ecological/economical/social consequences. Most of the environmental constrains
(including salinity/alkalinity/sodicity) can be efficiently controlled:
prevented, eliminated, or - at least - moderated. But this needs permanent care
and proper actions: adequate soil and water conservation practices based on a
comprehensive soil/land degradation assessment. It includes continuous
registration of facts and changes (monitoring); exact and quantitative knowledge
on the existing soil processes, their influencing factors and mechanisms.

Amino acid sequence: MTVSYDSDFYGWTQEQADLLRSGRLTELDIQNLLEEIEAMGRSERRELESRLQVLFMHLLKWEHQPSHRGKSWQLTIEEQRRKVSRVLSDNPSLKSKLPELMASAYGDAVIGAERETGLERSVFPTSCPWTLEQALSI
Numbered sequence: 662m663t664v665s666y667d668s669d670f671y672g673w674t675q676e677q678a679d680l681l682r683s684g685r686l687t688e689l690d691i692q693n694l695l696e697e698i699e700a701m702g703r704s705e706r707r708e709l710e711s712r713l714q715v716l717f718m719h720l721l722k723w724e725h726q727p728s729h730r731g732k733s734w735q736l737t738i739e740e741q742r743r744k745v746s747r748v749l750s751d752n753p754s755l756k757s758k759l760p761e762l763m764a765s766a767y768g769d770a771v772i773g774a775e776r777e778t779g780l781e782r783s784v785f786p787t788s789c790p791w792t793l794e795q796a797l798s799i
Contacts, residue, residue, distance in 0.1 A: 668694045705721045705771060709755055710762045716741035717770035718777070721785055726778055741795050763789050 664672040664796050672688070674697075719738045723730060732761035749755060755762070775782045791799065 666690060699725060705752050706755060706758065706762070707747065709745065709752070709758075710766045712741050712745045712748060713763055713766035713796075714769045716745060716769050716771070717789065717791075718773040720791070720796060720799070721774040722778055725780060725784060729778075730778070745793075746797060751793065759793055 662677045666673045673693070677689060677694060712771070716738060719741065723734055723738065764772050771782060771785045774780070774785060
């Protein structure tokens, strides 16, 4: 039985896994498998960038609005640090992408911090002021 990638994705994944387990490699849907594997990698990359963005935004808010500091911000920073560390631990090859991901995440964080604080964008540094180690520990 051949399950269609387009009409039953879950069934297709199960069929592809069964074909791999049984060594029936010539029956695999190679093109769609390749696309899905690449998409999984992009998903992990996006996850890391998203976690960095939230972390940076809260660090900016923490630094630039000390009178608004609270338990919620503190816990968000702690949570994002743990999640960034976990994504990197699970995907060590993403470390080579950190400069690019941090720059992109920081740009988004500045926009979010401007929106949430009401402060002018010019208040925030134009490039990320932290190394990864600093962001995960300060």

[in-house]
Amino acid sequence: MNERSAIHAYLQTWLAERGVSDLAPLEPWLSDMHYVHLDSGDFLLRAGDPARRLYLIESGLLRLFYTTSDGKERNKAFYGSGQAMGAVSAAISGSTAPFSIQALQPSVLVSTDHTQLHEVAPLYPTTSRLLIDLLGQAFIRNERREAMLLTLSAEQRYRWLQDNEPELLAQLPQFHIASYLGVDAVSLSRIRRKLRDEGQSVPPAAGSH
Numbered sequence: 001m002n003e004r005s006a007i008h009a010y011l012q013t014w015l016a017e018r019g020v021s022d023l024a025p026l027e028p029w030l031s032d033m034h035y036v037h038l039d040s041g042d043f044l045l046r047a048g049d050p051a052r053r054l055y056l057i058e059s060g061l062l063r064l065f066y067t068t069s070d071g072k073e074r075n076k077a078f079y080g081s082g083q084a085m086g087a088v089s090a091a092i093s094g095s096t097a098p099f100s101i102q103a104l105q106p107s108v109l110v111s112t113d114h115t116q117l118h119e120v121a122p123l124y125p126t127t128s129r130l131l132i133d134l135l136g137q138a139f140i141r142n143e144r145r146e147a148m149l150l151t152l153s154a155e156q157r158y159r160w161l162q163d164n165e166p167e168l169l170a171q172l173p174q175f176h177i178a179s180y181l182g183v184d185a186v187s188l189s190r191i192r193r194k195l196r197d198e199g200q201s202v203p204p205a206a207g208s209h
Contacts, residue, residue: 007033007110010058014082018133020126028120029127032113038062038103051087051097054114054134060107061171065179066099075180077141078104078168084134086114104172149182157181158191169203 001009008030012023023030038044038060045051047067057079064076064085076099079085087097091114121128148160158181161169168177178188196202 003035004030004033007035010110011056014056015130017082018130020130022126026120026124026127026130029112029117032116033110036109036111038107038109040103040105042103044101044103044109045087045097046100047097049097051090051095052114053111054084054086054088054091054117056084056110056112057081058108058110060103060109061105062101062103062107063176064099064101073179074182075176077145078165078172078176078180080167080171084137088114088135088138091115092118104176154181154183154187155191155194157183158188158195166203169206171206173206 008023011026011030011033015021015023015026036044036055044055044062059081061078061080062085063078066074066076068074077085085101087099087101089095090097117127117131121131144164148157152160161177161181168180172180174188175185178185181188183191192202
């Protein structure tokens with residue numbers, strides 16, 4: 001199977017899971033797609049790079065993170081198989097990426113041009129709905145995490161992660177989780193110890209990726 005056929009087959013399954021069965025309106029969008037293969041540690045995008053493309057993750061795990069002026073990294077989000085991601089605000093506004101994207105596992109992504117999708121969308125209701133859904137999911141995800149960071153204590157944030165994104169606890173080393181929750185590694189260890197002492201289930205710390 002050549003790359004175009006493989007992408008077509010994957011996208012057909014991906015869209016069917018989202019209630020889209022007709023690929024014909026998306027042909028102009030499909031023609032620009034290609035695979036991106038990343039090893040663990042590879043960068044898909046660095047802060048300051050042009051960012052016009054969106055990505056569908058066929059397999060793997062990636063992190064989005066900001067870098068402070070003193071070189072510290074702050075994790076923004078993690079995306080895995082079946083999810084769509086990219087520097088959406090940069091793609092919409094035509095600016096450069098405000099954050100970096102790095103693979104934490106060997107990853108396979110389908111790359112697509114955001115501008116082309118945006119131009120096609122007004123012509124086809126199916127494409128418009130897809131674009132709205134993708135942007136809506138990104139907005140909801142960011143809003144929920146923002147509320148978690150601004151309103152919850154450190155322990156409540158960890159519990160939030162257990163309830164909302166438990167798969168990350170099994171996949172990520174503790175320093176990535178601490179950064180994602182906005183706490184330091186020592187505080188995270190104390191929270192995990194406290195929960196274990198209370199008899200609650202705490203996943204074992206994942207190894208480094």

Yeast protein sequence-based homology search for glutathione (GSH) metabolic enzymes and GSH transporters demonstrated that Aspergillus nidulans has a robust GSH uptake and metabolic system with several paralogous genes. In wet laboratory experiments, two key genes of GSH metabolism, gcsA, and glrA, encoding γ-l-glutamyl-l-cysteine synthetase and glutathione reductase, respectively, were deleted. The gene gcsA was essential, and the ΔgcsA mutant required GSH supplementation at considerably higher concentration than the Saccharomyces cerevisiae gsh1 mutant (8–10 mmol l−1 vs. 0.5 μmol l−1). In addition to some functions known previously, both genes were important in the germination of conidiospores, and both gene deletion strains required the addition of extra GSH to reach wild-type germination rates in liquid cultures. Nevertheless, the supplementation of cultures with 10 mmol l−1 GSH was toxic for the control and ΔglrA strains especially during vegetative growth, which should be considered in future development of high GSH-producer fungal strains. Importantly, the ΔglrA strain was characterized by increased sensitivity toward a wide spectrum of osmotic, cell wall integrity and antimycotic stress conditions in addition to previously reported temperature and oxidative stress sensitivities. These novel phenotypes underline the distinguished functions of GSH and GSH metabolic enzymes in the stress responses of fungi.